Themes have been periodically developed throughout his career, sometimes returning to the earlier theme years later or working on more than one theme at a time.

Themes have included still lifes with cellophane wrapped packages of fruit and paper shopping bags in the 1970s and early 1980s. Wilson began a large series of still lifes with all objects being loosely wrapped as if to conceal the identity of the objects while emphasizing abstract shapes beginning in the mid-1980s. Garden benches began appearing in 1987.

Japanese-themed oils and watercolors were produced for a short time after living and teaching at a university in Japan in the fall of 1994 through winter of 1995. Wilson employed the technique in some works of painting on woven paper after 1990, emphasizing the digital references in the weave of the paper or floating square shapes. Broken china began appearing in Wilson's work in 1996. Wilson completed numerous paintings of cotton fields, especially from 1998 to 2003.

The production of other paintings while working on themes was typical. By 2004, Wilson turned his attention almost exclusively to "From Murphy to Manteo—An Artist's Scenic Journey," traveling across North Carolina numerous times,[13] photographing and sketching potential compositions. Wilson's stated goal is 100 large scale canvases some with dimensions approaching 16 feet. "Landscape artist and Southern Regionalist painter J. Chris Wilson is on a quest to create the largest and most ambitious series in the history of landscape art, a personal and comprehensive portrait of the entire state of North Carolina on canvas," wrote Cristina Virsida in "Moving Mountains—J. Chris Wilson's 'From Murphy to Manteo' Series" in July 2012.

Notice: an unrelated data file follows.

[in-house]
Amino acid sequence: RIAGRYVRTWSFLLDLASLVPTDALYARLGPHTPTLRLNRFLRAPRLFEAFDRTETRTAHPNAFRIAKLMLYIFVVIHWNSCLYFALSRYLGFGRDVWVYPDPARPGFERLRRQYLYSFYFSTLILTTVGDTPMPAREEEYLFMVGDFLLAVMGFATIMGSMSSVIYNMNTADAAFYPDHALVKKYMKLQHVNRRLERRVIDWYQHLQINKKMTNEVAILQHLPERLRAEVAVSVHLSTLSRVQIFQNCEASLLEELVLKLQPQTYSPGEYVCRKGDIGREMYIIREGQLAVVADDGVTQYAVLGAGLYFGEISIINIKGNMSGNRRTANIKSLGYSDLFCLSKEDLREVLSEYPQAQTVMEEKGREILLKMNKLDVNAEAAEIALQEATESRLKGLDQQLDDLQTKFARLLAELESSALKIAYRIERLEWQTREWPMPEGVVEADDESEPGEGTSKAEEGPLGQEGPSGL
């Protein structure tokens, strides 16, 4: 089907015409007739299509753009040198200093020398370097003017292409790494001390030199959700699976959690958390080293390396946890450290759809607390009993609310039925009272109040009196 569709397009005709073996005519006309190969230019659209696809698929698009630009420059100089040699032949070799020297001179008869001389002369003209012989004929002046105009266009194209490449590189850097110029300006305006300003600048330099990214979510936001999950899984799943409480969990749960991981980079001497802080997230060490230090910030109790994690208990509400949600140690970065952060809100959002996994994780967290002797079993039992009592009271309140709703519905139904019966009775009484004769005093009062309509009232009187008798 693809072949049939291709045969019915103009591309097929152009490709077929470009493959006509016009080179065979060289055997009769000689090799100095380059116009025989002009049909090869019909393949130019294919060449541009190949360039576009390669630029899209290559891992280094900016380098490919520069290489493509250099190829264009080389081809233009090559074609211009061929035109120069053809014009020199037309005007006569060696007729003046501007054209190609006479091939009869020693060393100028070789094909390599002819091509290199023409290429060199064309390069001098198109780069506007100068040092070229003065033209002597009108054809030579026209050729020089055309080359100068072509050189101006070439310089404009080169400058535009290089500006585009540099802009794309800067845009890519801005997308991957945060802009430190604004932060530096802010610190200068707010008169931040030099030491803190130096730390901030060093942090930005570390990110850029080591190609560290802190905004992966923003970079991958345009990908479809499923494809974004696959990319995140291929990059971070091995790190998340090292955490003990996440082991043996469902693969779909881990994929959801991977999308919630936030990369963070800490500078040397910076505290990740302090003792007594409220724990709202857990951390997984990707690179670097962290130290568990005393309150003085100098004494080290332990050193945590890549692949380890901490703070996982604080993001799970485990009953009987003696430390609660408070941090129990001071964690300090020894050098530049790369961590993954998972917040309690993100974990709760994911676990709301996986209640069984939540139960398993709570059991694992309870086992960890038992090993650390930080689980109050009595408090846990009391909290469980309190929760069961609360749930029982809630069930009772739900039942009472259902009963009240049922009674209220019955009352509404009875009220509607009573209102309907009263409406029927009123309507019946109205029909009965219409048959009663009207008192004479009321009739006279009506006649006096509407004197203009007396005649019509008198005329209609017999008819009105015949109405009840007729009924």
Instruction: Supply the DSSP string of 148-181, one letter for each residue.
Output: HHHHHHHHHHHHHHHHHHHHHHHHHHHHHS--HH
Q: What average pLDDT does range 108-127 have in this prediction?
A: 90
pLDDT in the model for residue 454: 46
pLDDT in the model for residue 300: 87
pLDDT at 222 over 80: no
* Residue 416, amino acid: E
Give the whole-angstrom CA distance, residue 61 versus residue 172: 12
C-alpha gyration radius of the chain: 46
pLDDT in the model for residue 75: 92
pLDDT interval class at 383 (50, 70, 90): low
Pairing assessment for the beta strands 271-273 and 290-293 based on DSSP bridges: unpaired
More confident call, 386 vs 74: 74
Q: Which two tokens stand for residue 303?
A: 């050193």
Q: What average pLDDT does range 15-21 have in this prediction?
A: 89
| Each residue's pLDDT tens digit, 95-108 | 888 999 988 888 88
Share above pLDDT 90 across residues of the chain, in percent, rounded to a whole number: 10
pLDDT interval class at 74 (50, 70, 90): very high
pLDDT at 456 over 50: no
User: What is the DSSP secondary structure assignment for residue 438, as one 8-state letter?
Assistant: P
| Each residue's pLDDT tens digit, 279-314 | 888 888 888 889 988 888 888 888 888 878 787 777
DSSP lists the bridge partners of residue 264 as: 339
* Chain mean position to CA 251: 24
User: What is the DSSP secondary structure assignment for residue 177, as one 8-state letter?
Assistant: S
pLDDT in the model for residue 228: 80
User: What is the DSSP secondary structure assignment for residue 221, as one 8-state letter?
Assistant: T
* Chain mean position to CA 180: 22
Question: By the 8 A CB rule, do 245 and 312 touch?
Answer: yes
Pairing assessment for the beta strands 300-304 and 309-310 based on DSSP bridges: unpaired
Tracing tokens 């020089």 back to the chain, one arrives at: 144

Personal life[edit]

Wilson was born in Waycross, Ga., in 1948. For much of his childhood, he lived on St. Simons Island, Ga. He moved to North Carolina in 1974. Wilson is married to Kathleen, and has a daughter, Singleton, and a son, Matthew. He has made his home in Wilmington, N.C[14].


  1. ^ "N.C. Landscape Artist J. Chris Wilson Presents "From Murphy to Manteo—An Artist's Scenic Journey" on April 24 | Barton College". Barton College. 2014-04-17. Retrieved 2017-04-12.
  2. ^ seamlesswhole.com. "North Carolina artist J. Chris Wilson | About". www.jchriswilson.com. Retrieved 2017-04-18.
  3. ^ "Scenes from 64: The Art of J. Chris Wilson — Our State Magazine". Our State Magazine. 2013-02-20. Retrieved 2017-04-12.
  4. ^ "Manteo to Murphy | NCpedia". www.ncpedia.org. Retrieved 2017-04-12.
  5. ^ "Professor J. Chris Wilson Named Artist in Residence at Barton College | Barton College". Barton College. 2011-09-27. Retrieved 2017-04-12.
  6. ^ seamlesswhole.com. "North Carolina artist J. Chris Wilson | About". www.jchriswilson.com. Retrieved 2017-04-18.
  7. ^ seamlesswhole.com. "North Carolina artist J. Chris Wilson | About". www.jchriswilson.com. Retrieved 2017-04-18.
  8. ^ seamlesswhole.com. "North Carolina artist J. Chris Wilson | About". www.jchriswilson.com. Retrieved 2017-04-18.
  9. ^ seamlesswhole.com. "North Carolina artist J. Chris Wilson | About". www.jchriswilson.com. Retrieved 2017-04-18.
  10. ^ seamlesswhole.com. "North Carolina artist J. Chris Wilson | About". www.jchriswilson.com. Retrieved 2017-04-18.
  11. ^ seamlesswhole.com. "North Carolina artist J. Chris Wilson | Gallery". www.jchriswilson.com. Retrieved 2017-04-18.
  12. ^ Wilson, J. Chris; McElhinney, James Lancel (2003-01-01). J. Chris Wilson: Retrospective (First ed.). J. Chris Wilson.
  13. ^ Wolfram, Walt; Reaser, Jeffrey (2014-01-01). Talkin' Tar Heel: How Our Voices Tell the Story of North Carolina. UNC Press Books. ISBN 9781469614366.
  14. ^ seamlesswhole.com. "North Carolina artist J. Chris Wilson | About". www.jchriswilson.com. Retrieved 2017-04-18.